UAW vote results: Change coming to top leadership ranks

Feds paint UAW widow as fraudulent tax cheat

Robert Snell
The Detroit News
Monica Morgan-Holiefield, right, and defense lawyer Steve Fishman, left, leave federal court during a recent hearing.

Detroit — The widow of United Auto Workers Vice President General Holiefield stole $190,000 from honest taxpayers to bankroll a lavish lifestyle and should spend more than two years in federal prison, prosecutors said Friday.

Monica Morgan-Holiefield, 55, of Harrison Township, benefited "handsomely" from illegal payments to her late husband from Fiat Chrysler Automobiles NV and used shell companies to hide the income and criminal activity, according to the government.

The payments are central to an ongoing federal investigation that has led to criminal charges against seven people, caused upheaval at the top ranks of the auto industry and raised questions about the sanctity of labor negotiations.

In pushing for a 27-month prison sentence, prosecutors delivered a scathing counterpunch to her lawyer's request for leniency and labeled Morgan-Holiefield a jet-setting tax cheat and fraudster, a portrait at odds with the image she projects on social media of an accomplished photographer and society-column fixture. 

Morgan-Holiefield will be sentenced July 13 by U.S. District Judge Paul Borman. Her lawyer is pushing for a non-prison sentence.

"Morgan was stealing from other taxpayers through her tax fraud, compounding her underlying criminal conduct by hiding her illegal income and avoiding paying her fair share," Assistant U.S. Attorney David Gardey wrote in a sentencing memorandum Friday.

Though Morgan-Holiefield struck a plea deal to a single tax crime, prosecutors focused on the underlying criminal activity that led to unreported income.

Morgan-Holiefield was indicted last year in a case that offered a detailed look at how, according to the government, officials at Fiat Chrysler tried to tilt contract negotiations in the automaker’s favor by lavishing labor leaders with first-class airfare, expense accounts and hundreds of thousands of dollars in illegal payments. 

The payments included $43,300 for a pool at her home, prosecutors said, and the couple used more than $260,000 to pay off their mortgage.

Before reaching a plea deal, prosecutors alleged a Chrysler-UAW training center credit card was used to pay for a more than $32,000 worth of airline tickets for Morgan-Holiefield to fly to San Diego, Miami, Las Vegas and Los Angeles.

Morgan-Holiefield has paid $102,984 toward a $190,000 restitution bill.

"However, this argument is an attempt by Morgan to use her wealth and resources to buy her way out of prison," Gardey wrote.

Several prominent supporters are backing her bid to avoid prison. Letters from those supporters, including pastors, public officials and business owners are sealed in federal court and her lawyer has refused to release them.

Morgan-Holiefield needs to go to prison to promote respect for the law, prosecutors said. A probationary sentence would raise concerns about different treatment for wealthy defendants.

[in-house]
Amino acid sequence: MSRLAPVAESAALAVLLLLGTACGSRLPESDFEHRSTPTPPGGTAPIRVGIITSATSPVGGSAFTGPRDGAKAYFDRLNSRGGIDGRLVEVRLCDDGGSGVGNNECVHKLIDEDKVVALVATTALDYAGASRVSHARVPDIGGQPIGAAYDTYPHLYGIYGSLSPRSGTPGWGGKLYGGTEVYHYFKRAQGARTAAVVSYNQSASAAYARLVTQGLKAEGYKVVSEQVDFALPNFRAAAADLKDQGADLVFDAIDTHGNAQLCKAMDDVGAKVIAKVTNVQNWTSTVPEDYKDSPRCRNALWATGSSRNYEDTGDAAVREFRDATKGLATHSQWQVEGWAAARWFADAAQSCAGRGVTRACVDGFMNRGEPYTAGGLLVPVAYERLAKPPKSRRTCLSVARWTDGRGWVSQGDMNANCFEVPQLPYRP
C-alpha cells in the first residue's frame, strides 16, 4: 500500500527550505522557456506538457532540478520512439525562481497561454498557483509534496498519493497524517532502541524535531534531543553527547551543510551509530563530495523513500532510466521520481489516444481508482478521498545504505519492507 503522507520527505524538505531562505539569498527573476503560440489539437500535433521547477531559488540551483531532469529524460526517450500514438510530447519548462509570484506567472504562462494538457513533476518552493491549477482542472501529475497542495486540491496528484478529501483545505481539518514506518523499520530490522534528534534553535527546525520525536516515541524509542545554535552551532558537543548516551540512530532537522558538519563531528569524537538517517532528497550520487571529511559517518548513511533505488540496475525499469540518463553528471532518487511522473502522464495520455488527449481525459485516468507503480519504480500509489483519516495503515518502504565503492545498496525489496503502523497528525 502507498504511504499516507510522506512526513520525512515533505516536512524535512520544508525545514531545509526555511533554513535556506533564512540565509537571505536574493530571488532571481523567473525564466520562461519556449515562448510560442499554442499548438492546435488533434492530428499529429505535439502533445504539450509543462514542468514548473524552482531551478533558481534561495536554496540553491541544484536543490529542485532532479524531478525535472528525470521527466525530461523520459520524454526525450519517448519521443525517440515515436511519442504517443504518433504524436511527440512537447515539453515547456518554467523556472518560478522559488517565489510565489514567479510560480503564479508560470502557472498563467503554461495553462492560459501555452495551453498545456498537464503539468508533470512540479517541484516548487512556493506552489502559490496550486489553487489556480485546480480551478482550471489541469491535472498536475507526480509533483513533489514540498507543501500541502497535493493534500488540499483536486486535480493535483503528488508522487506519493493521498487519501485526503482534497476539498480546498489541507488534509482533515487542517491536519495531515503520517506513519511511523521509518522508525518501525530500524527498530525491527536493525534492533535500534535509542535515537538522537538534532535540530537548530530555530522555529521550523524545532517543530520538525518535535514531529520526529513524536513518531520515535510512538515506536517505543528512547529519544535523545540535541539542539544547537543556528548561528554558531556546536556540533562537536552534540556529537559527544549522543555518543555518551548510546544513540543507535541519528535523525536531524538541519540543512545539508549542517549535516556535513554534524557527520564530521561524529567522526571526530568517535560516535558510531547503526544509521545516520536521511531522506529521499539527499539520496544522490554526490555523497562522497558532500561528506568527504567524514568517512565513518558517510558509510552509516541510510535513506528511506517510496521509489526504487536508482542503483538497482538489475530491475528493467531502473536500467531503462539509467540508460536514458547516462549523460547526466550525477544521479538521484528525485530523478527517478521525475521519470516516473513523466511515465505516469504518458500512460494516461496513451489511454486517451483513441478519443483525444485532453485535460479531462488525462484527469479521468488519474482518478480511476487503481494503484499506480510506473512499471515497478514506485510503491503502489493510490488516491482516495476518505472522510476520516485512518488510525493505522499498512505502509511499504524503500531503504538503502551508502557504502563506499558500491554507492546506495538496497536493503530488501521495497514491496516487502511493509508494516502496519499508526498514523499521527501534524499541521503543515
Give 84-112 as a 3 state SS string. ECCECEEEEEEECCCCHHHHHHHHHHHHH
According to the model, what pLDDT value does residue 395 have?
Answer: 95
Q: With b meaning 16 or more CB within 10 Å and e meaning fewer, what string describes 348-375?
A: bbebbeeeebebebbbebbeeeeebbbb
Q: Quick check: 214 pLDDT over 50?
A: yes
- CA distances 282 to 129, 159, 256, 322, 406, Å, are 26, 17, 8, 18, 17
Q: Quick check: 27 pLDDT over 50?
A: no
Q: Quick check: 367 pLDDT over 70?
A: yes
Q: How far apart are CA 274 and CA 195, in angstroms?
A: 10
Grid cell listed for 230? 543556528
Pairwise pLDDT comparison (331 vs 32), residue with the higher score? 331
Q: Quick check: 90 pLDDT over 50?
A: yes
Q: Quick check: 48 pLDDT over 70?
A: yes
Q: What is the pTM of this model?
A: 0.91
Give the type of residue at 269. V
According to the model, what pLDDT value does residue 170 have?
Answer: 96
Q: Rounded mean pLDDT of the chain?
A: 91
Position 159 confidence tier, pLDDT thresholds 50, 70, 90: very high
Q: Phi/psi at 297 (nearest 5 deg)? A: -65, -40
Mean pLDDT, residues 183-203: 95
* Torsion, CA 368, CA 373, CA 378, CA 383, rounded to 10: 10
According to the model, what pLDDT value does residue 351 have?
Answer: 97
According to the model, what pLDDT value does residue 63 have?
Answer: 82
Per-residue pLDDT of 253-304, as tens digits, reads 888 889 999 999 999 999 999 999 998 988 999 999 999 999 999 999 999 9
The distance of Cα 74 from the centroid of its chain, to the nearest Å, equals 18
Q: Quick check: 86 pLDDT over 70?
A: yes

"Morgan’s wealth, high-flying position in the community, and her prominent supporters should not be used as a basis to avoid appropriate punishment," Gardey wrote.

Prosecutors scoffed at her lawyer's offer to have Morgan-Holiefield's punishment include teaching photography classes to underprivileged kids.

"This suggestion ignores the fact that Morgan used fake photography classes for the underprivileged as a mechanism to funnel over $80,000 from Fiat Chrysler to her husband’s 'charity,' the Leave the Light on Foundation, and then on to Morgan’s photography business," Gardey wrote.

Her photography classes at Woodbridge Community Youth Center were largely a sham and a fraud, the prosecutor wrote.

"Despite receiving tens of thousands of dollars, Morgan only taught a handful of classes," Gardey wrote. "In fact, the Woodbridge Community Youth Center terminated their connection with Morgan because of her excessive absenteeism and class cancellations."

Jerome Durden, a former Fiat Chrysler executive awaiting a possible prison sentence for his role in the scandal, said payments to Morgan for photography classes "smelled to high heaven," prosecutors wrote.

Monica Morgan and her late husband General Holiefield.

Concerns escalated in summer 2011 when then-UAW President Bob King confronted Holiefield about money being funneled to the UAW vice president's wife, prosecutors wrote.

"King told Holiefield that giving the money to Morgan was a 'bad idea' and could lead to people 'going to jail,'" Gardey wrote. "King then instructed Holiefield not to direct any more money to Morgan. As a result of this meeting, Morgan and Holiefield then created or secured new shell companies, including a fake hospice which received over $350,000 from Holiefield’s 'charity,' in an effort to conceal the flow of money from the FCA/UAW National Training Center to Morgan and Holiefield."

Morgan-Holiefield's lawyer paraphrased the Charles Dickens novel "A Tale of Two Cities" in pushing for a probationary sentence. The lawyer compared the media to Madame Defarge knitting at the guillotine and publicly trashing Morgan-Holiefield.

Prosecutors responded likewise.

"In a sense, however, a probationary sentence for Morgan would create a tale of two different cities," Gardey wrote. "In one city, the connected and the elite avoid jail time by hiring one of the best criminal defense attorneys in town, buying their way out of prison through restitution payments, getting their boosters to write letters on their behalf, and offering photography classes as an alternative to jail," Gardey wrote. "In the other city, no one is above the law, and people go to prison for committing the serious crime of stealing from their fellow citizens through tax fraud."

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